The main reason why I oppose the death penalty is because I am not willing to be an executioner (I abhor the thought of killing another person), and I do not want others to do executions in my name, whether as a citizen of a jurisdiction that imposes the death penalty or even if I were to be murdered. It is true, as Mr. Prager says, that I am sympathetic to pacifism, but I do not hold to secular progressive thought's denial of free will. (I noticed that Mr. Prager did not discuss religious progressive thought in his column.)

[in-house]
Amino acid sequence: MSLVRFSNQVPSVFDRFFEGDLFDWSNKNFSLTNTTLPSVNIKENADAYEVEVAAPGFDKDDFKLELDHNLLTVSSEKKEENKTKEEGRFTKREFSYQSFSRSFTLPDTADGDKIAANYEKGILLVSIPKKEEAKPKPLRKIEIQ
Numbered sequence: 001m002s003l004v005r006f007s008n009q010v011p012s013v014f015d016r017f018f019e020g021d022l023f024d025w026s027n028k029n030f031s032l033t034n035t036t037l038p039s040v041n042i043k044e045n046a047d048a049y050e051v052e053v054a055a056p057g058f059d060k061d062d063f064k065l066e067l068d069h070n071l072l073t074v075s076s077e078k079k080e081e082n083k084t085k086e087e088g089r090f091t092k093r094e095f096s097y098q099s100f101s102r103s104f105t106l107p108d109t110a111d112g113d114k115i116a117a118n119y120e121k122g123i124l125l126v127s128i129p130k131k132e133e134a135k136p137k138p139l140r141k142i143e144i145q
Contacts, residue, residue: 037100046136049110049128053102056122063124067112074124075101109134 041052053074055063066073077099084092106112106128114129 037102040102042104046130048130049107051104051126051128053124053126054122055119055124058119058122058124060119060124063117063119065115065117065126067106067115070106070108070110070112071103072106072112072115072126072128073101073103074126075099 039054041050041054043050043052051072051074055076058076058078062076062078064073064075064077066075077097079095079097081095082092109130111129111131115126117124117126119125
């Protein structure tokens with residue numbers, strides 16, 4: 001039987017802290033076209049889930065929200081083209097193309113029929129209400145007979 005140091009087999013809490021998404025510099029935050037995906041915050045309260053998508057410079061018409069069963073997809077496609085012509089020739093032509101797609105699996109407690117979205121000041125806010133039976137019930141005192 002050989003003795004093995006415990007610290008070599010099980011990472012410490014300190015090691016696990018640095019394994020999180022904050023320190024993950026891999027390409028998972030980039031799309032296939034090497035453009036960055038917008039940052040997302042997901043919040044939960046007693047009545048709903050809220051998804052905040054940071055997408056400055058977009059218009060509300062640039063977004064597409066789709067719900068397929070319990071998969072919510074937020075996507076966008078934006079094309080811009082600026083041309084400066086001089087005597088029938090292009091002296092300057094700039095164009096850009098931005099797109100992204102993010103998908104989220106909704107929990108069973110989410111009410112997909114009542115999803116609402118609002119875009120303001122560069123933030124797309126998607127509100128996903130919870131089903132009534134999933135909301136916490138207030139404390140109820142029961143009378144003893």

Also, the Catechism of the Catholic Church says in paragraph 2267 that "[t]oday, in fact, as a consequence of the possibilities which the state has for effectively preventing crime, by rendering one who has committed an offense incapable of doing harm -- without definitively taking away from him the possibility of redeeming himself -- the cases in which the execution of the offender is an absolute necessity 'are very rare, if not practically non-existent'." Since I am a practicing Catholic, I think that this is a very important paragraph: your mileage, however, may vary.